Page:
14. still don’t know my name
  15. know my middle name
  16. ever been struck by lightning
  17. know all 7 dwarves
  18. can name all the reindeer
  19. been to a NASCAR race
  20. ever saw Mr. Rogers
  21. ever shot a deer
  22. ever shot a bunny
  23. know the price of gas
  24. Mom has gotten a speeding ticket
  25. Dad has gotten a speeding ticket
  26. you have gotten a speeding ticket
  27. sold stuff door-to-door
  28. sleep with a blankie
  29. like the worship songs
  30. wearing yellow
  31. seen a lizard at camp
  32. like coming to chapel
  33. hate Satan
  34. love Jesus Christ
  35. wearing glasses
  36. can cross your eyes
  37. know someone in the military
  38. in boy scouts
  39. in girl scouts
  40. love girl scout cookies
  41. know how to change a baby’s diaper
  42. can wiggle your ears
  43. know that Jesus loves you
  44. remember Hurricane Katrina
  45. do your own laundry
  46. really good at the limbo
  47. like cheeseburgers
  48. get the crown hat at Burger King
  49. get Happy Meals at McDonalds
  50. had to go to the emergency room
  51. make your own chocolate chip cookies

Set #8 – Last Day of Camp

  1. going home today
  2. staying here forever
  3. church bus is taking you home
  4. your Mom is picking you up
  5. your Dad is picking you up
  6. your grandparents are picking you up
  7. Captain America is picking you up
  8. going to sleep on the way home
  9. spent all your money
  10. still have all your money
  11. haven’t taken a shower all week
  12. never made your bed at camp
  13. coming back next summer
  14. feel closer to Jesus
  15. made a new friend at camp
  16. started a “relationship” at camp
  17. going to be a fan of “Jesse the Juggler” on facebook (if you’re 13 or older)
  18. going to play this game with your friends at home
  19. miss your dog
  20. miss your cat
  21. miss your pet bear
  22. have the longest ride home today
  23. have the shortest ride home today
  24. been scuba diving
  25. didn’t sleep last night
  26. wanna be a counselor when you grow up
  27. wanna be a teacher when you grow up
  28. wanna be a mailman when you grow up
  29. wanna be a doctor when you grow up
  30. wanna be a guy who sings Happy & You Know It to kids when u grow up
  31. your counselor/leader needs a date
  32. you’ve ever had chicken pox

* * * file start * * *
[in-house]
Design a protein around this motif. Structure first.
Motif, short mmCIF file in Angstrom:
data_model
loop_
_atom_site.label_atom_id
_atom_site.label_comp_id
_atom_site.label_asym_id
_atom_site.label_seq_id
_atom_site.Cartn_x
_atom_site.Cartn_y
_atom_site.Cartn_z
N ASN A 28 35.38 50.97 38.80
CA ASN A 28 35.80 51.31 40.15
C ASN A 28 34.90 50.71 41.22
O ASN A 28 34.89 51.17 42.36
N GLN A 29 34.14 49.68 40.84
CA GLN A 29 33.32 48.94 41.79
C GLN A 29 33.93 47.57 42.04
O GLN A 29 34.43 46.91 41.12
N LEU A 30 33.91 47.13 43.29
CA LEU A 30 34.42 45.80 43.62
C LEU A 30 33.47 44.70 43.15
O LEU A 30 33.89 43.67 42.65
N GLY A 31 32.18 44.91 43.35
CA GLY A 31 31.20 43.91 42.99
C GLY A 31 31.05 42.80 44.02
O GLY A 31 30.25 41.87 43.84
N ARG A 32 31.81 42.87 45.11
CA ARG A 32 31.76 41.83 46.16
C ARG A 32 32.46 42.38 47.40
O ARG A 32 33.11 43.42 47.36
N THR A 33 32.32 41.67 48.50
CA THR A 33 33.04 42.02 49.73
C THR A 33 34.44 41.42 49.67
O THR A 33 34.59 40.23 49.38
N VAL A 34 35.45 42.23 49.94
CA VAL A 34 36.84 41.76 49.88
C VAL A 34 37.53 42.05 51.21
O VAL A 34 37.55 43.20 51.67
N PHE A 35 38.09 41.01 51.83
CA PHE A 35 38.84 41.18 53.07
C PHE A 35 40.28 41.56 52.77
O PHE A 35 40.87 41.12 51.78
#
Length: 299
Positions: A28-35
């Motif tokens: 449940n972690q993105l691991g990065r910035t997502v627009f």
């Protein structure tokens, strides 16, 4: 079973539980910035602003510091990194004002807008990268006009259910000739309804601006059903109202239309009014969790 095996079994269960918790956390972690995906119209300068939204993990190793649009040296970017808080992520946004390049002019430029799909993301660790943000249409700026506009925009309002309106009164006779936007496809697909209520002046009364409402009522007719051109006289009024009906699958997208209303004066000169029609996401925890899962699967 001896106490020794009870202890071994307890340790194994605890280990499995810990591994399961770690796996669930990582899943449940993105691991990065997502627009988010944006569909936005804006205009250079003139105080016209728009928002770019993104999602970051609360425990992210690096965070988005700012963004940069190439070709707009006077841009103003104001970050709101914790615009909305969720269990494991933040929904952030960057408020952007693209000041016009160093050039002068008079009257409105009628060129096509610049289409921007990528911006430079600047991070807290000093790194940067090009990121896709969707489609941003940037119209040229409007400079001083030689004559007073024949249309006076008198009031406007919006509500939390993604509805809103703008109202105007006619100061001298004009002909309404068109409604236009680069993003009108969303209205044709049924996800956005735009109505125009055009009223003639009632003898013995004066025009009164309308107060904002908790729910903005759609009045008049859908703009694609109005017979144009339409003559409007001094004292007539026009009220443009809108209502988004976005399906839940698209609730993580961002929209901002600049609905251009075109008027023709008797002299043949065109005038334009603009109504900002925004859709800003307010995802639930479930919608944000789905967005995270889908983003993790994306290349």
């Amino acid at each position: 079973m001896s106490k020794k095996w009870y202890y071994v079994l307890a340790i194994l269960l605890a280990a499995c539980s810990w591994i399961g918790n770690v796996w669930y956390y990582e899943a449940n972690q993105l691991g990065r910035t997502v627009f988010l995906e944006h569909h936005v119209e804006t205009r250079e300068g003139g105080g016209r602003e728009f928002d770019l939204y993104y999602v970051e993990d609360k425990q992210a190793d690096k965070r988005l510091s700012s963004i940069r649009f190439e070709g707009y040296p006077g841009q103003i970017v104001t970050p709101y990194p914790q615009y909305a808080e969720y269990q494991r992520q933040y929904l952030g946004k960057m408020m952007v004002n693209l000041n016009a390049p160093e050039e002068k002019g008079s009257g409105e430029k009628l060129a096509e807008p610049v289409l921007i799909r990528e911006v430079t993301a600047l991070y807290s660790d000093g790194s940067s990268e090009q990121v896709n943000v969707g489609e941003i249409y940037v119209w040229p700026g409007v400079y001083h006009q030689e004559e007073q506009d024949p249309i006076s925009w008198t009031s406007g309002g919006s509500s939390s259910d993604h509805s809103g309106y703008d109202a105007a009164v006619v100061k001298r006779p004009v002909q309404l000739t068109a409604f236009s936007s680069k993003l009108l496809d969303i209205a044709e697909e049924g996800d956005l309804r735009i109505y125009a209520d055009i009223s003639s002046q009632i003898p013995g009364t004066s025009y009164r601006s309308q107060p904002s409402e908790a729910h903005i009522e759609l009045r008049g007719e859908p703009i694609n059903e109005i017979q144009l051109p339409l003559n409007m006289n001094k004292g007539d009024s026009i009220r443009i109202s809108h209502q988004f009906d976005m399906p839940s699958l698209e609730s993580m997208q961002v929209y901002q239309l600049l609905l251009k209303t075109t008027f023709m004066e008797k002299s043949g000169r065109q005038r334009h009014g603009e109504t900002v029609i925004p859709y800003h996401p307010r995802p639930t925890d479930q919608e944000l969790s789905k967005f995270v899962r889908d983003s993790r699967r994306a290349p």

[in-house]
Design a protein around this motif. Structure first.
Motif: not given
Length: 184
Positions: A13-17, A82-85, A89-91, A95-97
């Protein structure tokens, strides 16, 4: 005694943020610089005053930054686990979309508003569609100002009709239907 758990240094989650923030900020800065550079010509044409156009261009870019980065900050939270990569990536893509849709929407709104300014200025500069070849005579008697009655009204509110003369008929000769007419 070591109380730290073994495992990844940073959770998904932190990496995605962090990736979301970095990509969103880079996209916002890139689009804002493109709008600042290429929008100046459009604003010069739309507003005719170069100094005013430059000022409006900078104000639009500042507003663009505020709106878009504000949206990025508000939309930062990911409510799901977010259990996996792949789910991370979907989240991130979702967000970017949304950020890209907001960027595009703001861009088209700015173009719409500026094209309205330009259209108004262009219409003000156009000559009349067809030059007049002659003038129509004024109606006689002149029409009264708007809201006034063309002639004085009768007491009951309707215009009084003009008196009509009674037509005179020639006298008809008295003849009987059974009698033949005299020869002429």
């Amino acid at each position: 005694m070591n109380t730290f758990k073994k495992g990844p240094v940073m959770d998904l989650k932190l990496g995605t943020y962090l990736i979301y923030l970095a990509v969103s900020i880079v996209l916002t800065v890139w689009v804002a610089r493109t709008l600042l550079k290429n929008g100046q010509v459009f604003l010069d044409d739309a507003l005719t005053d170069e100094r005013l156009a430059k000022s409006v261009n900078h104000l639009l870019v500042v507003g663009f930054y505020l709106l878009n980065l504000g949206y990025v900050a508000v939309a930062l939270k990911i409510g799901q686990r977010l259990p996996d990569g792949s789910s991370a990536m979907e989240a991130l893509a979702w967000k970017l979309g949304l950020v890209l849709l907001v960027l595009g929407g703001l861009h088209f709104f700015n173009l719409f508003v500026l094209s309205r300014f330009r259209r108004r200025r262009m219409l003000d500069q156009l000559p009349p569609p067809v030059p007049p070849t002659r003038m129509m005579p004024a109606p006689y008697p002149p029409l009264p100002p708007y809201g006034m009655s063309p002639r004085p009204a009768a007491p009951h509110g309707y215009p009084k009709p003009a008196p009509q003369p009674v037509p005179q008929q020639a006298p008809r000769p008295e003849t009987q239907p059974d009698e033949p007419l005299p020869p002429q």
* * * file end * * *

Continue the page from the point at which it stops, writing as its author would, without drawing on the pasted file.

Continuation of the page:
33. think the sound guy is cute
  34. you’re going to sleep in tomorrow
  35. your favorite time of year is summer
  36. your Mom makes your clothes
  37. you make your own clothes
  38. you are left-handed
  39. you are right-handed
  40. you are both-handed (ambidextrous)
  41. like to look at the stars
  42. like to watch fireworks
  43. really like this game
  44. going to miss me
  45. not going to miss me
  46. remember my daughter’s name
  47. love the Bible
  48. love Jesus Christ

Some lines for the Adults and Leaders

  1. gotten a speeding ticket
  2. snooped in your kid’s room (if you have kids)
  3. wish you could have PDA at camp
  4. know all your kids’ names
  5. love country music
  6. hate country music
  7. once were a hippie
  8. ever had a mullet
  9. thought Tom Selleck was hot
  10. have never sent a text
  11. don’t know what Twitter is
  12. homeschool your kids
  13. teacher
  14. doctor
  15. laywer
  16. nurse
  17. pastor
  18. stay-at-home Mom or Dad
  19. retired
  20. still don’t know what you wanna be when you grow up
  21. gotten a ticket or busted for worse than speeding (we won’t ask)
  22. punished the wrong kid
  23. have a secret candy stash
  24. forgot someone’s birthday
  25. forgot your own Anniversary
  26. still suck your thumb
  27. sleep with a Teddy Bear
  28. watched the first moonwalk live on TV
  29. read the whole Bible
  30. ever put your pants on backwards
  31. can do the moonwalk
  32. were a Whitney Houston fan
  33. like your kids at camp
  34. have “that one kid” here at camp
  35. if “that one kid” is your own child
  36. can text faster than you can talk
  37. can solve a rubix cube
  38. ever been skydiving
  39. miss playing the original Nintendo
  40. were alive when JFK was shot
  41. ever had an 80’s perm
  42. played college sports
  43. sponsor a Compassion or World Vision child
  44. think you pay too many taxes
  45. your garden is dying at home while you’re here at camp
  46. you mow the lawn
  47. you’ve never mowed the lawn
  48. have exercised to a Richard Simmons video
  49. remember a day when there was no internet
  50. still have a land line phone
  51. still write cards and letters by hand
  52. love Jesus Christ